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Unicode representation of a character

Sunita Vontel
Ranch Hand

Joined: Aug 28, 2000
Posts: 72
Please see this code
class a
{
public static void main(String args[])
{
char a = '\u000A';
}
}
I am getting an error saying invalid character constant.Why is '\u000A' invalid.It is a hexadecimal literal right.
and when I comment out that line
class a
{
public static void main(String args[])
{
// char a = '\u000A';
}
}
the compiler still gives an error why??
a.java:5: Invalid character constant.
// char a = '\u000A';
^
a.java:5: Invalid expression statement.
// char a = '\u000A';
^
a.java:5: ';' expected.
// char a = '\u000A';
^
William Brogden
Author and all-around good cowpoke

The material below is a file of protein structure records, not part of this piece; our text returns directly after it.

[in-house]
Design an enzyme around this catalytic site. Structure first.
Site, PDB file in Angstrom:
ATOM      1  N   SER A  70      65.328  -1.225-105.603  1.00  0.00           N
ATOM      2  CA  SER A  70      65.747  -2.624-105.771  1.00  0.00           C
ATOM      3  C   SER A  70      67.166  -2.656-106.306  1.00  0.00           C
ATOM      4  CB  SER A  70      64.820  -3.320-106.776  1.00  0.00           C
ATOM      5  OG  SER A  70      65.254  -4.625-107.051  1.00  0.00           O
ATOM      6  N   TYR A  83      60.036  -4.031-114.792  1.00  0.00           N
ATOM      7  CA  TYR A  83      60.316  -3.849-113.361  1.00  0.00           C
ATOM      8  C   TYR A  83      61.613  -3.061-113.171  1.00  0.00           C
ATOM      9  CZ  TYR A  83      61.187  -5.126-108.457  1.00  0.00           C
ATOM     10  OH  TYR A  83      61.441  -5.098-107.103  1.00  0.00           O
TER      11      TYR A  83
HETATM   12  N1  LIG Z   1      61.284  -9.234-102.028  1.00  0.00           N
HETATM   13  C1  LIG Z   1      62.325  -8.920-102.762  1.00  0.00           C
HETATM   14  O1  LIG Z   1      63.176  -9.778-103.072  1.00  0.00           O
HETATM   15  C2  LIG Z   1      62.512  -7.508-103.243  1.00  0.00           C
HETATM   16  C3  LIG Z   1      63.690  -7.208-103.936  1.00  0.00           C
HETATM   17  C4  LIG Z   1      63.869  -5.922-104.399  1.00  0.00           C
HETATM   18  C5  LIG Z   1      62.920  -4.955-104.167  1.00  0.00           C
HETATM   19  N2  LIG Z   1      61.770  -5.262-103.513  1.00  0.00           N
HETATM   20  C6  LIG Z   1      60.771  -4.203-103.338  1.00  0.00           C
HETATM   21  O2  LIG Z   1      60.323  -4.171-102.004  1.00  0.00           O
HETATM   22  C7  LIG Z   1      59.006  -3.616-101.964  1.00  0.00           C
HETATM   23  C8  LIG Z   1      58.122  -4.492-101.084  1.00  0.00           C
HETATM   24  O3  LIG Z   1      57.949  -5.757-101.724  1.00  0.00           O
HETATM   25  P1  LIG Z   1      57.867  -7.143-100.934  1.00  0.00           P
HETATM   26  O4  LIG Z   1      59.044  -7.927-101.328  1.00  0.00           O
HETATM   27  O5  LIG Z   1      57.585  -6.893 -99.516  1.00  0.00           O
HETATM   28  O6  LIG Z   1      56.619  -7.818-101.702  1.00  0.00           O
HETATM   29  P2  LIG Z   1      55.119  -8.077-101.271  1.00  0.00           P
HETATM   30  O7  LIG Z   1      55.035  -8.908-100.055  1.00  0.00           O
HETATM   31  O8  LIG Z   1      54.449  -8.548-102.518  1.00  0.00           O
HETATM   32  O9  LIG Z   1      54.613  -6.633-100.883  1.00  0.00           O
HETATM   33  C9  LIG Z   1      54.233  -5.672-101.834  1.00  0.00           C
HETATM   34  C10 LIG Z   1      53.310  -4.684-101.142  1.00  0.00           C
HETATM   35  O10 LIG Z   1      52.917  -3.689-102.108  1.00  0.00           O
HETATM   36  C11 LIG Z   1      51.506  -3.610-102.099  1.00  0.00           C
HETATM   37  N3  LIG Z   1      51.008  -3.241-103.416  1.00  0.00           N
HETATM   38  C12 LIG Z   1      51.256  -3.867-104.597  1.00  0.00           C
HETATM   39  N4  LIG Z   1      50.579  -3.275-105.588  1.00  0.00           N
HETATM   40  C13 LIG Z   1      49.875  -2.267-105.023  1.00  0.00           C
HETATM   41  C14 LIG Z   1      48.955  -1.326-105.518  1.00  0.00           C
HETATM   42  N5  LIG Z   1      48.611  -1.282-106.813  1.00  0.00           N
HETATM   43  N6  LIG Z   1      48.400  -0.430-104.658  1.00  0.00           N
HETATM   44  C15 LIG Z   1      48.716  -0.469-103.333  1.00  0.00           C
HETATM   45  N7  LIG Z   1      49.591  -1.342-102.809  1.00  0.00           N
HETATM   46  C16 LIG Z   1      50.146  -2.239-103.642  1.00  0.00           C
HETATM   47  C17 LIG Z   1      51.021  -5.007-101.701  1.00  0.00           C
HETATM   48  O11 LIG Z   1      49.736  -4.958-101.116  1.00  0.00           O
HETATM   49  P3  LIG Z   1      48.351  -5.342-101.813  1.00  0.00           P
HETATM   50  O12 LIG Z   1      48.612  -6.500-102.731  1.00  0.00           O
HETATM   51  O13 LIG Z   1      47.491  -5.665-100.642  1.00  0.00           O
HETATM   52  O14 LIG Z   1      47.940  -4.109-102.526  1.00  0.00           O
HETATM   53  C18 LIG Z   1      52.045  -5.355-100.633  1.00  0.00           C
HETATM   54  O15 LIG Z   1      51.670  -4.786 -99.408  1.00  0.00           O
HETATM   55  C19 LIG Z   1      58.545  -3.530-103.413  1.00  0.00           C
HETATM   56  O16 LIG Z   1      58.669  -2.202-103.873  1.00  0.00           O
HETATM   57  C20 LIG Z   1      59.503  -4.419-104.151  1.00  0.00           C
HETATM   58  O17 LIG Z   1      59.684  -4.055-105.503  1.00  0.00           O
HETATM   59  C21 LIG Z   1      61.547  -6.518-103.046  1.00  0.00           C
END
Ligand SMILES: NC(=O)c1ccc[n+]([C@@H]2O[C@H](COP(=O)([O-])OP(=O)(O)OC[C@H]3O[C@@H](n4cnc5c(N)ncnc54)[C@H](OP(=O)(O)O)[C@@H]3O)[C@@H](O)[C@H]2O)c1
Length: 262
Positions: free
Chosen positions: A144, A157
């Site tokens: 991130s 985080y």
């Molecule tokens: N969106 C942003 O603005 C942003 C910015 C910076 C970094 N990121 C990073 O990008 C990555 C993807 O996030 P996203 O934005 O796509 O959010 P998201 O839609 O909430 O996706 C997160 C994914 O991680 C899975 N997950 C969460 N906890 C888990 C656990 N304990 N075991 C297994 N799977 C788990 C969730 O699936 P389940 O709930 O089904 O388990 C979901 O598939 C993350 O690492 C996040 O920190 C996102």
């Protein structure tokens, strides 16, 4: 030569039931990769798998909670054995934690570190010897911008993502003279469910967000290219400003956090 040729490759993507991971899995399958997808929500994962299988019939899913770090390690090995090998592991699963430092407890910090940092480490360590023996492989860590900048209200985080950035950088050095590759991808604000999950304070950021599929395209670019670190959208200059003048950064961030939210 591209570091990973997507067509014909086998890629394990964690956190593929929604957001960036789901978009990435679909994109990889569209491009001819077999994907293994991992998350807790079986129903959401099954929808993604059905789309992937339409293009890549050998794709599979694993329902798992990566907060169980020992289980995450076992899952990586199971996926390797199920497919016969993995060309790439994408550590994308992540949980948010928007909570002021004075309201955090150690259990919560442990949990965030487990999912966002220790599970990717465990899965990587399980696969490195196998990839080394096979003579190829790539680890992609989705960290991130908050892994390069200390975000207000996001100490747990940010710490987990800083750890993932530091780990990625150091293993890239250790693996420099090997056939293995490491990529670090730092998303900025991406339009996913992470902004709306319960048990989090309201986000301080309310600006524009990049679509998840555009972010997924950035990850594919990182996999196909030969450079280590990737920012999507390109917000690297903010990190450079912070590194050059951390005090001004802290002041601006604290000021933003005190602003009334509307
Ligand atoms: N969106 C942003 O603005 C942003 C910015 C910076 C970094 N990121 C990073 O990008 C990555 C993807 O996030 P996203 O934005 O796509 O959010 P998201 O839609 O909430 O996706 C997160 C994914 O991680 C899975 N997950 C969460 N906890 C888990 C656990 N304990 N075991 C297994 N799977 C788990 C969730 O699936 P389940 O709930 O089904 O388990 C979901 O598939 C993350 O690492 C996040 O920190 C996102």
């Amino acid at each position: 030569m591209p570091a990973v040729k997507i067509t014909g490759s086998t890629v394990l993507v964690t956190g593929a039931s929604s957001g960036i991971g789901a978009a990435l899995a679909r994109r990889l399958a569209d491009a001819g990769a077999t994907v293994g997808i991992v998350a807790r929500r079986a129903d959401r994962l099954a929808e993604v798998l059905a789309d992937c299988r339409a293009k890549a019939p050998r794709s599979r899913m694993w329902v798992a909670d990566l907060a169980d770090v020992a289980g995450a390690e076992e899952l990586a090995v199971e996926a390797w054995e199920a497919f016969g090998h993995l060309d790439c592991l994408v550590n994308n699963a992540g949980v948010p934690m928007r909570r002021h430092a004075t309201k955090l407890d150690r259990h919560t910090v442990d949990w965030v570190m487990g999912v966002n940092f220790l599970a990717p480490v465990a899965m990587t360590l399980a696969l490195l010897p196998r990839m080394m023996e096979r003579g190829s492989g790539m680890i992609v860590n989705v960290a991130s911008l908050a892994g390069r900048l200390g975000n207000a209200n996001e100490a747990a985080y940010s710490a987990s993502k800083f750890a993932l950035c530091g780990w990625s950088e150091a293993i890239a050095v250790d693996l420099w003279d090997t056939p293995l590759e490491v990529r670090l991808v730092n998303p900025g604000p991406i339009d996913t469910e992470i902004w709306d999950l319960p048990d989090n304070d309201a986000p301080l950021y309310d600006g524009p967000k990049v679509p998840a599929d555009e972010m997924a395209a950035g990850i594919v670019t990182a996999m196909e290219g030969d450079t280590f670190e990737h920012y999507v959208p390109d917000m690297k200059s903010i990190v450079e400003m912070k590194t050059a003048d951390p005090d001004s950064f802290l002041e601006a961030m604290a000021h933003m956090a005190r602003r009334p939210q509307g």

Rancher

Joined: Mar 22, 2000
Posts: 12769
    
    5
Hee heee that is a tricky one indeed! Here is why:
When the compiler reads Unicode characters it translates them on the fly - \u000A translates to a carriage return -BUT
this breaks up the line of code and you get:
char a =
;
Obviously an invalid statement. Thats why you have to use the escaped forms \r\n to represent carriage return and line feed
in Strings and character constants. They only get translated after the line is read and parsed.
Bill
eskay kumar
Ranch Hand

Joined: Jul 22, 2000
Posts: 71
Sunitha,
Can't figure out why u get that. but when i try the code with the decimal equivalent of '\u000A' i.e. char c=10 i get a blank new line in the output - implying 10 ought to represent the special escape sequence '\n' for new line.
Sunita Vontel
Ranch Hand

Joined: Aug 28, 2000
Posts: 72
Thanks william
Anonymous
Ranch Hand

Joined: Nov 22, 2008
Posts: 18944
Does that mean we can't use
char c ='\u000A';
at any time, instead we should use
char c = '\n' for that?
 
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subject: Unicode representation of a character